International inbound marketing is dead without localization: that should be obvious enough. (If not, read our blog post on why translation is crucial to inbound marketing.) But what are some of the most important things that you, as an inbound marketer, need to know about translation and localization? Here’s a quick list.
1. First off, what is localization?
Translation is a subset of localization, if you will. Localization means that you adapt your content, your website, or your app to local preferences in toto. That is, you’ll need to take care of a range of things such as providing the appropriate currency options and payment gateways, making sure that nothing breaks when you switch to a language with a different script orientation, adjusting images, colors, and tone of voice for different cultures, and so on. You may even need to localize your product to suit local market conditions and preferences.
2. Can I get translation done faster by automating it?
Yes and no. Professional translators use a range of computer-assisted translation (CAT) tools which aid and speed up their work immensely. These tools, along with translation management systems (TMS) used by agencies, help automate several processes related to translation such as preparing files, receiving and sending them, suggesting the use of previous translations where applicable (translation memory), and more.
Machine translation is another powerful technology, but is rarely recommended for marketing content. It has a high error rate in most language combinations and is generally preferred for massive amounts of content with low quality expectations.
Professional translators cannot be replaced, especially when it comes to marketing content and that is not even the aim of translation tools. Remember that context is important to translation, and only human beings can understand context, not machines.
3. How much to translate? And into which languages?
These are some eternal questions that localization managers grapple with. The answer varies from company to company, and can influence, as well as be influenced by, your localization budget, software choice, and resources required. Some companies prefer to localize their main website in more languages than subsections such as the blog, while others will want everything including white papers translated. The content volume decision usually depends more on your budget and timeline, while the decision on languages depends on market entry and customer demand.
4. How much will translation cost?
Sorry to say again that it depends, but in truth, there are indeed a lot of variables that can greatly influence the cost of translation. It starts with what it is that you want translated, how much, how fast, how good should it be (quality expectations), into how many languages, and using which tools.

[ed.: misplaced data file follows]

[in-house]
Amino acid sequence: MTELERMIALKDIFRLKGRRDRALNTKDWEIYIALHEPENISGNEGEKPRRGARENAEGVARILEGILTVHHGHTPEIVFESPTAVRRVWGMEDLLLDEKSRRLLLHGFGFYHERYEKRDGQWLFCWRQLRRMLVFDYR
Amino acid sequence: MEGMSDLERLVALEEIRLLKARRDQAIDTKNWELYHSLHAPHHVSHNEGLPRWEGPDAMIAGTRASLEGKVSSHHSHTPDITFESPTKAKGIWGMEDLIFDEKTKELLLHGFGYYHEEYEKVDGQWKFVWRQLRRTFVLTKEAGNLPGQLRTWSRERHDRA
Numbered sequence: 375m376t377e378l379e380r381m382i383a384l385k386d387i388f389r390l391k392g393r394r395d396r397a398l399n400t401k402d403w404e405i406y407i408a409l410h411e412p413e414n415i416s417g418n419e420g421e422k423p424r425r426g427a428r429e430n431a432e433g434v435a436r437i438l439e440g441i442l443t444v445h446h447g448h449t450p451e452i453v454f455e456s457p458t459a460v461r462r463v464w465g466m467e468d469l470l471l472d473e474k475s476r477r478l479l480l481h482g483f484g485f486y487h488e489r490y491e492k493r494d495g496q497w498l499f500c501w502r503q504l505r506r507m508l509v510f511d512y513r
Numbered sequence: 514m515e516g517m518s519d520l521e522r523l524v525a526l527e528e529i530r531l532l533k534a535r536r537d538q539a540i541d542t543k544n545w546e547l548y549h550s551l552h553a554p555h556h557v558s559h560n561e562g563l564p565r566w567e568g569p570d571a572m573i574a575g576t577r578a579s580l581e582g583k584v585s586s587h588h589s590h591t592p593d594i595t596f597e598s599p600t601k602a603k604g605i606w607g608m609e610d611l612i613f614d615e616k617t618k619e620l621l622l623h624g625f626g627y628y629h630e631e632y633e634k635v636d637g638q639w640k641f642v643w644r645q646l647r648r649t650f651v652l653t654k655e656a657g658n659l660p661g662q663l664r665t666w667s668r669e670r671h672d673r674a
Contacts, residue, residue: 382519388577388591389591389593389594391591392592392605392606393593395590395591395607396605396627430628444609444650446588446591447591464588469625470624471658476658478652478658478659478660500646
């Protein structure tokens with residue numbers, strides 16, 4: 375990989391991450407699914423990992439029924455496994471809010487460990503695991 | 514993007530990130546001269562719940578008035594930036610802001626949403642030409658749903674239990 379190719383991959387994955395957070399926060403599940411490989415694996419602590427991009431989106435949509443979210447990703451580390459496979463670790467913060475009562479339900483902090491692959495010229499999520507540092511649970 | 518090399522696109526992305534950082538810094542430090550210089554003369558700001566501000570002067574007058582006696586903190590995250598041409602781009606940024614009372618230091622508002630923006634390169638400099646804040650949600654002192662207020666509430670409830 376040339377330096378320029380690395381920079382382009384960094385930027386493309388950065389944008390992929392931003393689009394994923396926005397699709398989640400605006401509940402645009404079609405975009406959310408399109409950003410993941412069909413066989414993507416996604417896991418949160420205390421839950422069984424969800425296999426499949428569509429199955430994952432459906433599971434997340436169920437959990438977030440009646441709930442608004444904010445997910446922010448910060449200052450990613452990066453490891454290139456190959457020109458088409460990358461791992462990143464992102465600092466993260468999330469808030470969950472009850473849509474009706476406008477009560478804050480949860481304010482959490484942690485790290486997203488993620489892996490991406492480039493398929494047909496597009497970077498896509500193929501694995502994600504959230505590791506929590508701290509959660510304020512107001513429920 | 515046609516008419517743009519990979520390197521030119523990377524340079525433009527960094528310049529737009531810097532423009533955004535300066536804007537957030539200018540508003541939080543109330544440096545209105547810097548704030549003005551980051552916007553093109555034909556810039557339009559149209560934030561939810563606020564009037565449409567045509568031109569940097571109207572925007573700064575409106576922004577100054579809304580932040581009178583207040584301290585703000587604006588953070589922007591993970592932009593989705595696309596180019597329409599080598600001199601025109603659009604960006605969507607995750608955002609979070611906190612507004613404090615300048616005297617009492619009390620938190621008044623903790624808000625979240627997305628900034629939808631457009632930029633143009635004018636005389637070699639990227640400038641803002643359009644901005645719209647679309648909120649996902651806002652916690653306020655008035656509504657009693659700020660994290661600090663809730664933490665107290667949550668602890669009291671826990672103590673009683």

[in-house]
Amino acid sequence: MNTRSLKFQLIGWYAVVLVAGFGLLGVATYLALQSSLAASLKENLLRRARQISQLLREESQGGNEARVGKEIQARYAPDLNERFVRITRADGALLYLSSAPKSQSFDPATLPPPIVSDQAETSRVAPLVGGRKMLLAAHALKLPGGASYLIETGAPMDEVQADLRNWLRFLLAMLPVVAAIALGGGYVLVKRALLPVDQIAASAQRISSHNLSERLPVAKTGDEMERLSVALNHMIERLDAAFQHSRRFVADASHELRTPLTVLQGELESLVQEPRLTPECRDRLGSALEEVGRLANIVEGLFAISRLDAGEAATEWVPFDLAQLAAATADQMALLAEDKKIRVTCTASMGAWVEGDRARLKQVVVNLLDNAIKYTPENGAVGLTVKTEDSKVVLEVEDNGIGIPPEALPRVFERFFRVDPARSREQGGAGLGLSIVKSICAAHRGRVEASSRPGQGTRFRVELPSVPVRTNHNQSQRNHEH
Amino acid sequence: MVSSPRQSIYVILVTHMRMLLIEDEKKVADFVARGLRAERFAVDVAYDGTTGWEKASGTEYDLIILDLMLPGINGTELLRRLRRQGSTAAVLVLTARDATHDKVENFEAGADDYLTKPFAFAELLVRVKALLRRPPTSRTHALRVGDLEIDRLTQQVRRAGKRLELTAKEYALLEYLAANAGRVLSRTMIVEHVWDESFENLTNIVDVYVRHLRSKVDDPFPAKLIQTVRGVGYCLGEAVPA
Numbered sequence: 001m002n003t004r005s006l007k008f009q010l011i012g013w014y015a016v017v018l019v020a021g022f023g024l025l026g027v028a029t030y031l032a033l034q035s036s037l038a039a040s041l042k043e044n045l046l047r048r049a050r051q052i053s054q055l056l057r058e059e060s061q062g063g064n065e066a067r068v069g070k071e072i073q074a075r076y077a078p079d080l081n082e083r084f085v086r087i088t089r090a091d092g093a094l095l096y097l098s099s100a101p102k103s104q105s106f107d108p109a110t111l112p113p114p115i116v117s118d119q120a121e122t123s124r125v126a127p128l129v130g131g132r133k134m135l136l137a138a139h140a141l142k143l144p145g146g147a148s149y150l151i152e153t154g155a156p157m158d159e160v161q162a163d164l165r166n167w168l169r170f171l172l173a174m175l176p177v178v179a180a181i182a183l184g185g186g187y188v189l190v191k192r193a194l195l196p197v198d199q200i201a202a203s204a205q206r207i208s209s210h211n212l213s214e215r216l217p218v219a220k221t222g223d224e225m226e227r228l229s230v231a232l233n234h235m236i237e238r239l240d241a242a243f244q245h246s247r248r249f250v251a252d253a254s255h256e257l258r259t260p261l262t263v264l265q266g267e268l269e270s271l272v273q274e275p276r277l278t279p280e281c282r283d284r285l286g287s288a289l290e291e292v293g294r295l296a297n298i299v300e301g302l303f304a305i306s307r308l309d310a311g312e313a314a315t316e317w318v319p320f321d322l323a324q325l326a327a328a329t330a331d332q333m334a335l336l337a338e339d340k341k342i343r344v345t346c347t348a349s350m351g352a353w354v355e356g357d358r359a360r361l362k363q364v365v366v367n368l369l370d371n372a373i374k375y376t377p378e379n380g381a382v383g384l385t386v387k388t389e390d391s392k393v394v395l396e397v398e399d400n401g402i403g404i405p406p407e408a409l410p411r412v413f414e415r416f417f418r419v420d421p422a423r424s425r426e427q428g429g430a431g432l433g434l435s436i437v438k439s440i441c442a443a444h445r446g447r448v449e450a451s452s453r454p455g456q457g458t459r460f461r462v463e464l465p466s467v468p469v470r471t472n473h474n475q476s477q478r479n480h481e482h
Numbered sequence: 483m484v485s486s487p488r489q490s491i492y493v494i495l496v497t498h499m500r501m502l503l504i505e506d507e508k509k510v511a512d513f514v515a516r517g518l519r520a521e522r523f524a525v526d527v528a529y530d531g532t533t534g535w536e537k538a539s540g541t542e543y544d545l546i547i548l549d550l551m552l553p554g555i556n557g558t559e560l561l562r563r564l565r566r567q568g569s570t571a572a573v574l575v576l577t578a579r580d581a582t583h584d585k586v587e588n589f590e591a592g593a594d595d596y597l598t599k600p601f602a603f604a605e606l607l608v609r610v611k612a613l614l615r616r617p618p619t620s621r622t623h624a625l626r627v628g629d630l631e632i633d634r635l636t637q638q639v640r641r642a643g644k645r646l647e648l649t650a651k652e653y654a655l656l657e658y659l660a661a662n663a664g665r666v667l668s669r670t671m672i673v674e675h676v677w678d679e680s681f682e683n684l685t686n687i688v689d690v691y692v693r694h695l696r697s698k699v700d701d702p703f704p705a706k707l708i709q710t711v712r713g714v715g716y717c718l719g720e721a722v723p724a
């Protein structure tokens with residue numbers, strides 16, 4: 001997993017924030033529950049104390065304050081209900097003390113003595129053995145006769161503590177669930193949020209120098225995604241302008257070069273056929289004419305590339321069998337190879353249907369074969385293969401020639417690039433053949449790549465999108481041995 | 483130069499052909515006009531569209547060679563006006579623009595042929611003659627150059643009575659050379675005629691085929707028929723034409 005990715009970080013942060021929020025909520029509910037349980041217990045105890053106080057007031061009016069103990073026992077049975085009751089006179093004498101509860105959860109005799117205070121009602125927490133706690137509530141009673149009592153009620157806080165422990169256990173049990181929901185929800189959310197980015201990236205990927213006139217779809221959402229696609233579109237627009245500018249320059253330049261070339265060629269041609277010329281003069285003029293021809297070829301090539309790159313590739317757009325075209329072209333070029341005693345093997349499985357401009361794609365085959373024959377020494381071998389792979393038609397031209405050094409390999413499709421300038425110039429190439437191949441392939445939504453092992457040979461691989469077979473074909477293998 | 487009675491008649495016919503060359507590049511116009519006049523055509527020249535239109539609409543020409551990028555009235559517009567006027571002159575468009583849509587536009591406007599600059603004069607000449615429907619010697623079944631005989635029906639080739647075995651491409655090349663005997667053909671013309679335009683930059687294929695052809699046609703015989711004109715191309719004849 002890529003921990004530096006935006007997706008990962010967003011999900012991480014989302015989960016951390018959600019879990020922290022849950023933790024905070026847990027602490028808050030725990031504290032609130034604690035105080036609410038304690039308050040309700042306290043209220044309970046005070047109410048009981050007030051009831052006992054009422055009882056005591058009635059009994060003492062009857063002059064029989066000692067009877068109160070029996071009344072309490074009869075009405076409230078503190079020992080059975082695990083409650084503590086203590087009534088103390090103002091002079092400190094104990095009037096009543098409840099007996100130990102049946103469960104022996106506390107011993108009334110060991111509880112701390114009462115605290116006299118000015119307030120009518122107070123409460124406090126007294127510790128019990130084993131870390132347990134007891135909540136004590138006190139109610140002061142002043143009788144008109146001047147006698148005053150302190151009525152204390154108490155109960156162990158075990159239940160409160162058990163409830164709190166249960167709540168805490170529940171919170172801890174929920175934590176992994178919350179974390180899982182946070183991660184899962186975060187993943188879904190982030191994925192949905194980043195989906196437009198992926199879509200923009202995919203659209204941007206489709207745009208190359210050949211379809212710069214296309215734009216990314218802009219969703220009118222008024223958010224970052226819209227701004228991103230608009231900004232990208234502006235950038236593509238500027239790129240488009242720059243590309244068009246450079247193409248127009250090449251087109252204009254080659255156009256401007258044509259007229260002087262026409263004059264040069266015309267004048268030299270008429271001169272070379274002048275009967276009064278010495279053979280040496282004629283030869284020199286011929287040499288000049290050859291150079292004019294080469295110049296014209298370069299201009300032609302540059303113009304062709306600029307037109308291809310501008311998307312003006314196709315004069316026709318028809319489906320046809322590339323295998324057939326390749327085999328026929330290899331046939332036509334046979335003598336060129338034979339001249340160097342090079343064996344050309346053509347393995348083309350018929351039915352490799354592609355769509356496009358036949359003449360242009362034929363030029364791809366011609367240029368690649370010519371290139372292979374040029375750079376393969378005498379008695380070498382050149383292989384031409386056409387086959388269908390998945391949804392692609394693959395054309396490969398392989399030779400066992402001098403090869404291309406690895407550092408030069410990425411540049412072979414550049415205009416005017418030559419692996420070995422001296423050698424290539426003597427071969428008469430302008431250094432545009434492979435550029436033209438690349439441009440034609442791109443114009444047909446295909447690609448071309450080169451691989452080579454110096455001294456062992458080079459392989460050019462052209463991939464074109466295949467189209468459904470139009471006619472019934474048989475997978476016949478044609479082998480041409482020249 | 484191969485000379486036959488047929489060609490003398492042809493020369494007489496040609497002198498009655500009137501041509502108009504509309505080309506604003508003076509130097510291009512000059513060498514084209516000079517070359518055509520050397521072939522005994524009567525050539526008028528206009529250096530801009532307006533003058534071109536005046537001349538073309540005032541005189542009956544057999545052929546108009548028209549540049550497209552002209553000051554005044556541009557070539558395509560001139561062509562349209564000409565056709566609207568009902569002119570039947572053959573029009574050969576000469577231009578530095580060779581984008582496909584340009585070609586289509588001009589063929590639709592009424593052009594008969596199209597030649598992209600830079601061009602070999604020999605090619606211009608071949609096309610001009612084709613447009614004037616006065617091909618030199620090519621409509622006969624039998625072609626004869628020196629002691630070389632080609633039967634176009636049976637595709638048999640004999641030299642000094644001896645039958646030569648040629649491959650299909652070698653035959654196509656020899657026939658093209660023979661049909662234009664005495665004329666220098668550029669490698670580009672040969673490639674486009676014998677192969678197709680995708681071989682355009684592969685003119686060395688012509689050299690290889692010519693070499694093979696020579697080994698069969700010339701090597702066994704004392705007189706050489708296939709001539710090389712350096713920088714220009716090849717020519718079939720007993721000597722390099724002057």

If you want the highest quality for all of the content in all of the languages you’re targeting, it’s obvious that your bill is going to be high. Auditing and tiering your content can help you understand the different types you have and their purposes. You can then vary the quality expectations accordingly.
Next, your choice of languages can affect pricing. For instance, if you are looking to translate into a long-tail or emerging language such as Bengali, it could be more expensive than high-demand languages such as FIGS (French-Italian-German-Spanish), for the simple reason that more professional translators are available for those languages than the former.
By expensive, we don’t just mean translators’ rates, which in fact, may be low if they reside in middle- or low-income countries. But sometimes, the project may take longer to execute and generally not be as hurdle-free as FIGS language projects. You may have to train translators and reviewers in the use of tools, create and make new resources available to them, put up with work disruptions because of power or Internet outages, and so on.
5. Is marketing content translated in the same way as other types of content?
Different types of content necessitate different translation methods and workflows, but we’ll limit the conversation here to marketing content, as that is your focus. Of course, you know very well that there are a zillion categories of marketing content, too, and you may have to fine tune your translation strategy to suit them. For instance, your homepage, visuals for the website, and tag lines usually have to be transcreated.
If you’re selling a very niche or technical product, you may need the services of a translator with domain expertise. Remember that specialized translators will charge more, so audit and tier your content to use premium services only where required.
Multimedia content like videos can be translated in a couple of ways, too. Voice-overs can be used or videos can be dubbed or sub-titled, the last one being the least expensive option.
6. What tools should I use?
Tread carefully when buying translation technology, as you can easily overbuy or get locked in with service providers that insist you use only their tool. Early on in localization, you may not even need to buy a tool outright, but can easily outsource the localization process. This gives you the time and data to help better understand your localization model — present and future — and make a smart decision when the time comes to buy.
As a global inbound marketer, you will need to evolve into a localization professional. For, you can’t even start at inbound if you don’t speak the language of your customer. And, increasingly, localization is a favor you do to yourself and not the customer.
We will be attending the Inbound conference in Boston next month. If you would like to chat about how you can effectively localize for international markets, please do let us know in the comments section.